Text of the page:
The Agency in the Age of the Great Society and its Aftermath

In the late 1960s, MFUA staff began to raise concerns about the longevity of the raw material for their studies, particularly the hospital admission punch cards from World War II. As the basis for most of the agency's studies, these punch cards had to be protected against deterioration or, worse, loss, as had been the case with similar Navy admission cards a decade earlier. MFUA estimated the cost of transferring the fragile cards to more permanent magnetic tape in the tens of thousands of dollars, much more than the agency had at its disposal. Forced to look for outside funding, the agency secured money from the National Cancer Institute in fiscal year 1969 and stored the entire series on tape as a basic resource for future studies. 119

Even as its materials aged, the Medical Follow-up Agency, now staffed by 31 persons (5 professionals, 26 support staff) and with an annual budget of more than a half million dollars, reached important milestones in a number of its ongoing studies in 1967. The VA-funded series of controlled therapeutic trials of chemotherapy in conjunction with cancer surgery reached its tenth year in 1967. In addition to providing authoritative evaluations of the various adjuvant cancer agents tested to improve cancer-free survival after surgery, these trials provided important follow-up data on cancer survival as related to patient characteristics and treatment. Also in the same year, the agency finished a mortality study of patients who had undergone "curative" lung resection for bronchial cancer. The clinical examinations of men with herniated lumbar disks were completed in this year as well, and the agency began an epidemiologic study on the same condition to determine the significance of such variables as tissue degeneration, metabolic disorders, chronic stress, and occupational factors in mortality outcomes. Other ongoing studies during 1967 included an examination of viral and other factors in the etiology of cancer, a cooperative study of lower-limb amputations that aimed to elucidate factors of importance in the rehabilitation process for amputees, and a study of the possible relation of cholesterol levels in the blood to cerebrovascular disease.120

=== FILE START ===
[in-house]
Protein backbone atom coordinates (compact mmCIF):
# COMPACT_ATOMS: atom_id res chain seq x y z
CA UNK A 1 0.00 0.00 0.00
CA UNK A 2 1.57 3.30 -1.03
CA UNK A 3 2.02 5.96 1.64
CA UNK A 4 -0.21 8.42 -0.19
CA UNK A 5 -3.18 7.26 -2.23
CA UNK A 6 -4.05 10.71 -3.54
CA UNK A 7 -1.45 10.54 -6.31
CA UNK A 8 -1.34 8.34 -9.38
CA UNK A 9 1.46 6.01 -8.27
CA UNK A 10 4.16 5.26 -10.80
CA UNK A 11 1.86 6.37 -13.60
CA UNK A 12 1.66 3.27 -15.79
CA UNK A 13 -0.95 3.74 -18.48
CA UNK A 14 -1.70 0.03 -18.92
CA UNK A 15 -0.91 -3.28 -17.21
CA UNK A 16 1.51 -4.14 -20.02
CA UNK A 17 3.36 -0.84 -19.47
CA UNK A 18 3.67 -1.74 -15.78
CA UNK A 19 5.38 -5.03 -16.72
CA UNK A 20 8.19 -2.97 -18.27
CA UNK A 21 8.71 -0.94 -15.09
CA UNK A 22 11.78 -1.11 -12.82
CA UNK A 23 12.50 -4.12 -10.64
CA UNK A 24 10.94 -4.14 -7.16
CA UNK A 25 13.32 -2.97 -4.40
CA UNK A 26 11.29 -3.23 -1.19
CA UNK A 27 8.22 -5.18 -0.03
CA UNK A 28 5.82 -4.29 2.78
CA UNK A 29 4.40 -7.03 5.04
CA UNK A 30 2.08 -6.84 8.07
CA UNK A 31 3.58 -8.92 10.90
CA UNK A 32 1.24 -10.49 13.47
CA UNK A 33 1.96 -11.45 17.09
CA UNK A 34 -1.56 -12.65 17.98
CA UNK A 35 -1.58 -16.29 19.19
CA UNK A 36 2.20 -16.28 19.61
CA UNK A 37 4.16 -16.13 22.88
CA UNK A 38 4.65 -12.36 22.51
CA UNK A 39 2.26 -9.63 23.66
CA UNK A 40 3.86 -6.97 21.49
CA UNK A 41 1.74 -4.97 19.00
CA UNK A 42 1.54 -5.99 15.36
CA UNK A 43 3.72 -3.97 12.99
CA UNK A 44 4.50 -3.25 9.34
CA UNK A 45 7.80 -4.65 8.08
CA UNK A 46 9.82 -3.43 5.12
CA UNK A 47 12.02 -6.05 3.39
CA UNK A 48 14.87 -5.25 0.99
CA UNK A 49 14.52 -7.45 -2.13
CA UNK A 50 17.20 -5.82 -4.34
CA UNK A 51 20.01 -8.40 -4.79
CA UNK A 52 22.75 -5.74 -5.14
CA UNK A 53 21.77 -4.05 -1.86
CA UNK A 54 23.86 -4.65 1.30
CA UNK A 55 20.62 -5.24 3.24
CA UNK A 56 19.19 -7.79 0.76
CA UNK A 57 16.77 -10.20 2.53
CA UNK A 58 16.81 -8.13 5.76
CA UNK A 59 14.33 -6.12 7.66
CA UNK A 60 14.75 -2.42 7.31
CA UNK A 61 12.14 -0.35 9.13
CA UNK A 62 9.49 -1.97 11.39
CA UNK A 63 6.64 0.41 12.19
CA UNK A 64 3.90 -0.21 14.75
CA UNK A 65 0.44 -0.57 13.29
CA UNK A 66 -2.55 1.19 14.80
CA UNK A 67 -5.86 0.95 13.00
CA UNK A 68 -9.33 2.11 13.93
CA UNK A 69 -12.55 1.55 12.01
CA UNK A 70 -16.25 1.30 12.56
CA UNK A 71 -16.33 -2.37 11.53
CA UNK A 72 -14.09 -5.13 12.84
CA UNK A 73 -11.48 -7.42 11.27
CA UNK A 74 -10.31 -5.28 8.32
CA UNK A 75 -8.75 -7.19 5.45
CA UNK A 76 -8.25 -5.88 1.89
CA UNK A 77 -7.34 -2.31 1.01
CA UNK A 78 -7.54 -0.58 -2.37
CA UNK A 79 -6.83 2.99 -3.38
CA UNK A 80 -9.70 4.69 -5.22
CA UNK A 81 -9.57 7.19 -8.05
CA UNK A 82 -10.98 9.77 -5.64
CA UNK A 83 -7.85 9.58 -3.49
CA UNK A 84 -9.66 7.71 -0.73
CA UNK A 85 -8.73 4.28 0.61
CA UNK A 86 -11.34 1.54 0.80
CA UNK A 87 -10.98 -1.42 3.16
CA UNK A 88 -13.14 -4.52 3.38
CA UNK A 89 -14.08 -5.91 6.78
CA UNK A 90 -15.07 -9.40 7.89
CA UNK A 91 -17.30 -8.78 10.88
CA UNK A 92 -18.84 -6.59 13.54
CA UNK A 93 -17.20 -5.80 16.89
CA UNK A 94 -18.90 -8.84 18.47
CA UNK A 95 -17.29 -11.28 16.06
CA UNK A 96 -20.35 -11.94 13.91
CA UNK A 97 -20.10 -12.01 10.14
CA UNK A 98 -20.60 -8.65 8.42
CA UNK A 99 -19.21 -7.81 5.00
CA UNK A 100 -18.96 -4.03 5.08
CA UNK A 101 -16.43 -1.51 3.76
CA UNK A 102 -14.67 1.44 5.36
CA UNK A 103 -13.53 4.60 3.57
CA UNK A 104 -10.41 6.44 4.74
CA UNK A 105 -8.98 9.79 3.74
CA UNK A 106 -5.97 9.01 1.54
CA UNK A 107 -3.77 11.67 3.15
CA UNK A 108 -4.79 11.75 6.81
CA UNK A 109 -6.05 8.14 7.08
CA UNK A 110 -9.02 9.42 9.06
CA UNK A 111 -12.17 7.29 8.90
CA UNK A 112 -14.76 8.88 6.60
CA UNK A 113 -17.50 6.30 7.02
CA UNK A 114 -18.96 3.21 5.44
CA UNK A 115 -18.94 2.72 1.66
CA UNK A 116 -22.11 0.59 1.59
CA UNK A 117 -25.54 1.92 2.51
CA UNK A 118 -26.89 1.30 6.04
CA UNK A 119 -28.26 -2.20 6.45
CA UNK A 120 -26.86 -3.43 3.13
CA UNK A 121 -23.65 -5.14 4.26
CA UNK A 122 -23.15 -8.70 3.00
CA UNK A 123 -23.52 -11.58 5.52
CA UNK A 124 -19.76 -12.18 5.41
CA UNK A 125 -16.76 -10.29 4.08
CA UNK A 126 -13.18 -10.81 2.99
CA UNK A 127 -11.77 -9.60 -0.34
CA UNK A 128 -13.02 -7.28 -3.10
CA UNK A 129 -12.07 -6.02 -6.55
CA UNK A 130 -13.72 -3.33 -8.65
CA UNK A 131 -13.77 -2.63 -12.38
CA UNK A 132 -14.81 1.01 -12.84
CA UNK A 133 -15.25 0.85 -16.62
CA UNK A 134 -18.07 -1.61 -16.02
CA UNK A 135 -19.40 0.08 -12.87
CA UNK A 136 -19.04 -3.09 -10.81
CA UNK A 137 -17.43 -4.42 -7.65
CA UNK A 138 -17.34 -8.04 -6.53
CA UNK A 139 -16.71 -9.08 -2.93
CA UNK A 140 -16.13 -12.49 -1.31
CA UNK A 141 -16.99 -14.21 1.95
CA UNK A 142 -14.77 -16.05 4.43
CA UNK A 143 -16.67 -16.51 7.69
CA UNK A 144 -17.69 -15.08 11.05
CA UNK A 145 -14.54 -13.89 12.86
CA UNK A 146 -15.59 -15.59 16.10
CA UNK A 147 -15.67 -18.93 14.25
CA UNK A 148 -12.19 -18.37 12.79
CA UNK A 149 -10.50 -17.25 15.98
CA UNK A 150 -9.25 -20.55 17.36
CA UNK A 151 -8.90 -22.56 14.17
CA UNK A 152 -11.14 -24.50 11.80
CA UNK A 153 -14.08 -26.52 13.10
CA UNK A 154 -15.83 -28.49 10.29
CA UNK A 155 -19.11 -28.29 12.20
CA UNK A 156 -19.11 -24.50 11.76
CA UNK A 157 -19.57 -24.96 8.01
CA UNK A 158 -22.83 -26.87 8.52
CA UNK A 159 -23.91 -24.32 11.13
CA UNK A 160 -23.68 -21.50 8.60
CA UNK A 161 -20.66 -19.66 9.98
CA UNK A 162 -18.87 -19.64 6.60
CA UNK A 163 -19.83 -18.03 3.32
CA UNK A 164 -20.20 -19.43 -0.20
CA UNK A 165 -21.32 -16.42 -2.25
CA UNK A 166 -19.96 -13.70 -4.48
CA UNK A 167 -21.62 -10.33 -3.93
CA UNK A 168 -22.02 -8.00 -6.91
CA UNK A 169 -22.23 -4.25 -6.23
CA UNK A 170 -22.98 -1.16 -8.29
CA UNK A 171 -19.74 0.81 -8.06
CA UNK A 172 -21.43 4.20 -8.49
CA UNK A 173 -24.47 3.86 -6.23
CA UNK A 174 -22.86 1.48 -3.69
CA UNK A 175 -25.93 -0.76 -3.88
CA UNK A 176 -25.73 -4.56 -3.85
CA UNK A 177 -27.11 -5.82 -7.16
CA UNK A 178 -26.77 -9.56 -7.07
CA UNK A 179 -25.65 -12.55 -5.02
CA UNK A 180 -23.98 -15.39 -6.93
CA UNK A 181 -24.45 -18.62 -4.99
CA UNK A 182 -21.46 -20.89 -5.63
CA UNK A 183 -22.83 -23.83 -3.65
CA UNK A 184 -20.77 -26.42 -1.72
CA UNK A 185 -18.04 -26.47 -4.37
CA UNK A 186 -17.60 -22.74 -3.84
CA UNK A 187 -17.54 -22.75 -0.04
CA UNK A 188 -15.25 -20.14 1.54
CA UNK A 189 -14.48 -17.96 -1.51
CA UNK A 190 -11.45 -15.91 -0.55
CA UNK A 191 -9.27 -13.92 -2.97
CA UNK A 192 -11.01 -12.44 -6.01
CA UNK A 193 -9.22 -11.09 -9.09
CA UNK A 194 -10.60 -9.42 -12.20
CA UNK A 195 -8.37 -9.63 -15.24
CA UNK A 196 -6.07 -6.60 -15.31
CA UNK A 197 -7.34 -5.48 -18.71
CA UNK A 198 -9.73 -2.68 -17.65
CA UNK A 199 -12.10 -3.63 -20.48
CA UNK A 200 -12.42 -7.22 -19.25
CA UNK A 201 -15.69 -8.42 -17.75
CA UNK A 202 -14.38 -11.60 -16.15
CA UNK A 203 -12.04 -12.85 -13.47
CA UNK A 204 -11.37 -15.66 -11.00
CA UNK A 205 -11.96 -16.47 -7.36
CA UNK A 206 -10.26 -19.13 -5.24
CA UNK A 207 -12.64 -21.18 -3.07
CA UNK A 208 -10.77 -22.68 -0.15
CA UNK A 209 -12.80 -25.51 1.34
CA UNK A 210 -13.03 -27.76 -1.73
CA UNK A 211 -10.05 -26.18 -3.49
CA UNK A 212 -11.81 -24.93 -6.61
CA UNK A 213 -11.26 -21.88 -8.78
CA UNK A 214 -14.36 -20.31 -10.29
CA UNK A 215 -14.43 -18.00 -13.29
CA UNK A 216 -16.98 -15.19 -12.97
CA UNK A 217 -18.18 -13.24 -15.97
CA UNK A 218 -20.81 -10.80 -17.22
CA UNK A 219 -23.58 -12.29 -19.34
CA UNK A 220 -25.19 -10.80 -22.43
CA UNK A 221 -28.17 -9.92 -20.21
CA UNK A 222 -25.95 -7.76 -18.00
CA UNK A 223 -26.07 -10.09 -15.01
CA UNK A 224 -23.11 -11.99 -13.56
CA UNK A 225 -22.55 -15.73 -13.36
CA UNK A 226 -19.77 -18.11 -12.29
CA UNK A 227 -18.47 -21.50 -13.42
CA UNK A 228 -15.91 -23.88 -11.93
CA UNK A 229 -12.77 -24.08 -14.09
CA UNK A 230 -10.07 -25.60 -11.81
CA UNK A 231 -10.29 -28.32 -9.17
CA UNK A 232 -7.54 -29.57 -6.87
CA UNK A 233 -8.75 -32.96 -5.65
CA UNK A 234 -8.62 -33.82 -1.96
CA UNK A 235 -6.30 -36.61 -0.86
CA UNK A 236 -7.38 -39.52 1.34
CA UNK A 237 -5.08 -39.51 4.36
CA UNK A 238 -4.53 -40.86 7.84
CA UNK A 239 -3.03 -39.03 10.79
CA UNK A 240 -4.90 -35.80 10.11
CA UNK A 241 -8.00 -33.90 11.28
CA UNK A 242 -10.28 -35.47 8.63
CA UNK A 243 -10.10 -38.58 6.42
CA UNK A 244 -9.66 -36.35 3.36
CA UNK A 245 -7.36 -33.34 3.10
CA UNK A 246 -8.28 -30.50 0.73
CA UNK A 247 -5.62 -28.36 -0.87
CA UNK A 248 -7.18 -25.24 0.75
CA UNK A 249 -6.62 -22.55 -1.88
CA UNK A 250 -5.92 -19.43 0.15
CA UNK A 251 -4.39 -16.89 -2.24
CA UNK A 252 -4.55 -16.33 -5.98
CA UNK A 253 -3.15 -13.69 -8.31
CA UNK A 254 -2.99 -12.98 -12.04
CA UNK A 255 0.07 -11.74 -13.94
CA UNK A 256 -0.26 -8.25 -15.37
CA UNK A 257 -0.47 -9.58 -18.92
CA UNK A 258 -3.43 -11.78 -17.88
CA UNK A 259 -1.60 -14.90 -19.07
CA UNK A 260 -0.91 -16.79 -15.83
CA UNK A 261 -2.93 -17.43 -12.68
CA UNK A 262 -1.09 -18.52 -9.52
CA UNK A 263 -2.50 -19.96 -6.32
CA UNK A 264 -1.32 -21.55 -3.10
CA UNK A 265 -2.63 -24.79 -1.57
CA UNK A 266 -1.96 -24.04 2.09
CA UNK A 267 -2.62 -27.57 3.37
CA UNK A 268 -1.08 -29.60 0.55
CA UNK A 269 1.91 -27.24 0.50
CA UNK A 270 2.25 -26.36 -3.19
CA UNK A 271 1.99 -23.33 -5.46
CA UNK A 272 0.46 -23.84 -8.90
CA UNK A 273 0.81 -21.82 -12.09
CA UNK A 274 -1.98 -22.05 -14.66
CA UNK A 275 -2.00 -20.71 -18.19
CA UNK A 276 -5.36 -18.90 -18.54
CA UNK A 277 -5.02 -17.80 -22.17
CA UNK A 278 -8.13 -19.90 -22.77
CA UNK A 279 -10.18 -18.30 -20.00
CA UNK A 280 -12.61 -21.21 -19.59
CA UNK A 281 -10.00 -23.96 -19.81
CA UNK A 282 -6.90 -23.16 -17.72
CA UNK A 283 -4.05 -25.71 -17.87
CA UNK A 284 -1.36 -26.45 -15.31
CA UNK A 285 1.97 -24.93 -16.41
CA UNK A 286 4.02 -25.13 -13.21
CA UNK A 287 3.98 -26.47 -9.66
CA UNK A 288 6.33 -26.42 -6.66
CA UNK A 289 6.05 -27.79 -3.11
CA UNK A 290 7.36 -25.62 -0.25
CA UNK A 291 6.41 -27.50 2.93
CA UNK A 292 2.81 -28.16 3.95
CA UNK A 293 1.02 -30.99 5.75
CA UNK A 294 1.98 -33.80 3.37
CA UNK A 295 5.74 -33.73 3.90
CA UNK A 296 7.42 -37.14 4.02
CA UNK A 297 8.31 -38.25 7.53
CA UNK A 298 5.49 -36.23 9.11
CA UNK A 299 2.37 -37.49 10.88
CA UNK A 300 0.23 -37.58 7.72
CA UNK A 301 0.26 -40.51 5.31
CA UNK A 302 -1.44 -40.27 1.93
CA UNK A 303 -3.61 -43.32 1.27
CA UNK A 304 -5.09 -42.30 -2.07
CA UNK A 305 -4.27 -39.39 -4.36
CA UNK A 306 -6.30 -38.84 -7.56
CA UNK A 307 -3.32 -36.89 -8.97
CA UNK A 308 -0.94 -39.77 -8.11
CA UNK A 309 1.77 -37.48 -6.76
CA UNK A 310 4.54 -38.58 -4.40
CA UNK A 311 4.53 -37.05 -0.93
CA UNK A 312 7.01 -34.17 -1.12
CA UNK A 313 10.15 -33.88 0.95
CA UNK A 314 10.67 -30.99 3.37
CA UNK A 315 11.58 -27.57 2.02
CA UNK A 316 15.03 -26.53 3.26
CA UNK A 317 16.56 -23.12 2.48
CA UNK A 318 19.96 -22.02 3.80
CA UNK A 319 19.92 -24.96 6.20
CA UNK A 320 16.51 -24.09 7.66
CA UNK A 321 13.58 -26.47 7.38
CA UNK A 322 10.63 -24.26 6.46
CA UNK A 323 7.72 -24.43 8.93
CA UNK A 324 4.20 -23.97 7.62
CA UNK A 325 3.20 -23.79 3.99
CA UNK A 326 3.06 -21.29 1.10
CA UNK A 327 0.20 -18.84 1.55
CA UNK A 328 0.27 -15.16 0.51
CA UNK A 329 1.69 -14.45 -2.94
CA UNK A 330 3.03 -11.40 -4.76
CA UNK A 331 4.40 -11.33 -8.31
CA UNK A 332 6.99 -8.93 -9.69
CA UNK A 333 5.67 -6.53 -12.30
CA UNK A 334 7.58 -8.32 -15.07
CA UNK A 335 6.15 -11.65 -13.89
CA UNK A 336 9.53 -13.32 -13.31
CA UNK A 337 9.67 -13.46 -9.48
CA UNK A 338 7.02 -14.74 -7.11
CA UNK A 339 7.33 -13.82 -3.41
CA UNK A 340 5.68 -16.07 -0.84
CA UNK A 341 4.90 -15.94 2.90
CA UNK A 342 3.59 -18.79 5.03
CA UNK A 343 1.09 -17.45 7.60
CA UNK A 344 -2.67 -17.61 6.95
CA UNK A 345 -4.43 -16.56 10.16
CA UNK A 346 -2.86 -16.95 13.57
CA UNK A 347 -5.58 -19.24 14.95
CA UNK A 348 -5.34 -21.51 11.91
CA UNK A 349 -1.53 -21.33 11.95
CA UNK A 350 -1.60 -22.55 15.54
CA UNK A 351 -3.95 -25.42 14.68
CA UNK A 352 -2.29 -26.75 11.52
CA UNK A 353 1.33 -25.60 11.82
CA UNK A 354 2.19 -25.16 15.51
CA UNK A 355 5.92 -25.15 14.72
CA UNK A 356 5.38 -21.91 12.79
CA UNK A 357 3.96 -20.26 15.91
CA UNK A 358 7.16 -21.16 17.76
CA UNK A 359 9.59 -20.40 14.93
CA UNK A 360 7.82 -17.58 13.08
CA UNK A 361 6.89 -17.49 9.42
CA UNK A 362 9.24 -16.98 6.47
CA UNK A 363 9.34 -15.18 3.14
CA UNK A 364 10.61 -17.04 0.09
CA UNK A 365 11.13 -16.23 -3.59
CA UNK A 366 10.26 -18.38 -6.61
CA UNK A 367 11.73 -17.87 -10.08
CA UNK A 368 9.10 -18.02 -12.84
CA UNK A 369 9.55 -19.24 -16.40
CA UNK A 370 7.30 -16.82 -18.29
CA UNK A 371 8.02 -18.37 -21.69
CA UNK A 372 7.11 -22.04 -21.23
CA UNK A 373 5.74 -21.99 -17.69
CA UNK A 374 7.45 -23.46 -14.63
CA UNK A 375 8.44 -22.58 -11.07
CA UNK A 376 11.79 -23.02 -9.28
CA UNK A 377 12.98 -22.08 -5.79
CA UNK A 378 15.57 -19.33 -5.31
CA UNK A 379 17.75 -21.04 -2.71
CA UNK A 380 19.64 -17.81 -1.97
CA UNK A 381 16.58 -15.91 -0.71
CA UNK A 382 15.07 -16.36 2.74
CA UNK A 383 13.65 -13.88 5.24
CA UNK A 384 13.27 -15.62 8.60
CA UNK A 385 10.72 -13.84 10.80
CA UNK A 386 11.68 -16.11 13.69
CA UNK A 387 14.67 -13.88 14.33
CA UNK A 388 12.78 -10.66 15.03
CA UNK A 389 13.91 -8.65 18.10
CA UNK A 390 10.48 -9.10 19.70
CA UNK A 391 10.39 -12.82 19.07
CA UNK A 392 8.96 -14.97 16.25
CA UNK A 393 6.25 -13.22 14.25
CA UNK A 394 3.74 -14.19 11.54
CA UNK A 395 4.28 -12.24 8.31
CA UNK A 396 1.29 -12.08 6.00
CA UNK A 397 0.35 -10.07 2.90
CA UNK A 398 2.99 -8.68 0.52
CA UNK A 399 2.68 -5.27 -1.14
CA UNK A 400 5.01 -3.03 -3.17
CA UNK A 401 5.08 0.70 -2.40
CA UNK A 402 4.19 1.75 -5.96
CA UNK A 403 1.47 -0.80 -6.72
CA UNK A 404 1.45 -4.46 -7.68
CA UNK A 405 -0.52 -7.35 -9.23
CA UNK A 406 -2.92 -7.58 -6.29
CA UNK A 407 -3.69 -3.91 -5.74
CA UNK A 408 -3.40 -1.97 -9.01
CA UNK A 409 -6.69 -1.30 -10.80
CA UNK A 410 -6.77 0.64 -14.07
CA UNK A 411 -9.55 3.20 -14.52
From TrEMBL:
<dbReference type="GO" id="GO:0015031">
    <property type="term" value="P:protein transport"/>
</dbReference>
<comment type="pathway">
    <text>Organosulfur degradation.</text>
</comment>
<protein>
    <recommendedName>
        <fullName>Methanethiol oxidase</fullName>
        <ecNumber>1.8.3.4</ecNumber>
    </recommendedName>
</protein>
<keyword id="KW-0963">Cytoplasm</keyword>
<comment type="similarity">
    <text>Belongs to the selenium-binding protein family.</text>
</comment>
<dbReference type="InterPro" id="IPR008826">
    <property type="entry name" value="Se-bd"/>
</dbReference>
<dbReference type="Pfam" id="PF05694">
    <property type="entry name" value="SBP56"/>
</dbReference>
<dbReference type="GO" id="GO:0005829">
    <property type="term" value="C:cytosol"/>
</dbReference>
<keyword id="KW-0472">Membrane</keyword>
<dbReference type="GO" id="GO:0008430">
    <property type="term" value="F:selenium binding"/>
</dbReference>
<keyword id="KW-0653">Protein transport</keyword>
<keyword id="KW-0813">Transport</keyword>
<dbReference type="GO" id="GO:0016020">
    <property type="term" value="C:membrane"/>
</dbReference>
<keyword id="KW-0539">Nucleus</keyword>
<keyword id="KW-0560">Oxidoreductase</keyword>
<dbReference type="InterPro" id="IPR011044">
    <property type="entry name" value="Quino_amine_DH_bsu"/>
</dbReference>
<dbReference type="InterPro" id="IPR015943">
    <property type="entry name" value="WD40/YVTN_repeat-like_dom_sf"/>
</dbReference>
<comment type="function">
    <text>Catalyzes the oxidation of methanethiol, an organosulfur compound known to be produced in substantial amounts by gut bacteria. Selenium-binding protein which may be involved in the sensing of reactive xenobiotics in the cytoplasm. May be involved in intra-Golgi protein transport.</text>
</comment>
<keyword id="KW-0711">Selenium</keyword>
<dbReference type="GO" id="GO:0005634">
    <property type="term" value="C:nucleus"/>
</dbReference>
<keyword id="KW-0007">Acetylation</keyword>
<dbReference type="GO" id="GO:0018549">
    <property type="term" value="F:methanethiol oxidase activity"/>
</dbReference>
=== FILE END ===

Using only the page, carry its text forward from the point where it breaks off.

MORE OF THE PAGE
Despite this evidence of scientific progress, funding again became an issue for the Medical Follow-up Agency in the late 1960s. Its core support came under attack from within the National Institutes of Health. In part, this attack reflected changing circumstances: Keith Cannan, who had been so instrumental in obtaining funding from the National Institutes of Health, no longer headed the agency's parent Division of Medical Sciences, and NIH staffers with short institutional memories no longer remembered just why they were funding the MFUA. Moreover, NIH faced its own internal budgetary problems. In this, NIH was not alone; the postwar prosperity that had funded the massive expansion of government at all levels was beginning to falter. First the Vietnam War, and later the economic



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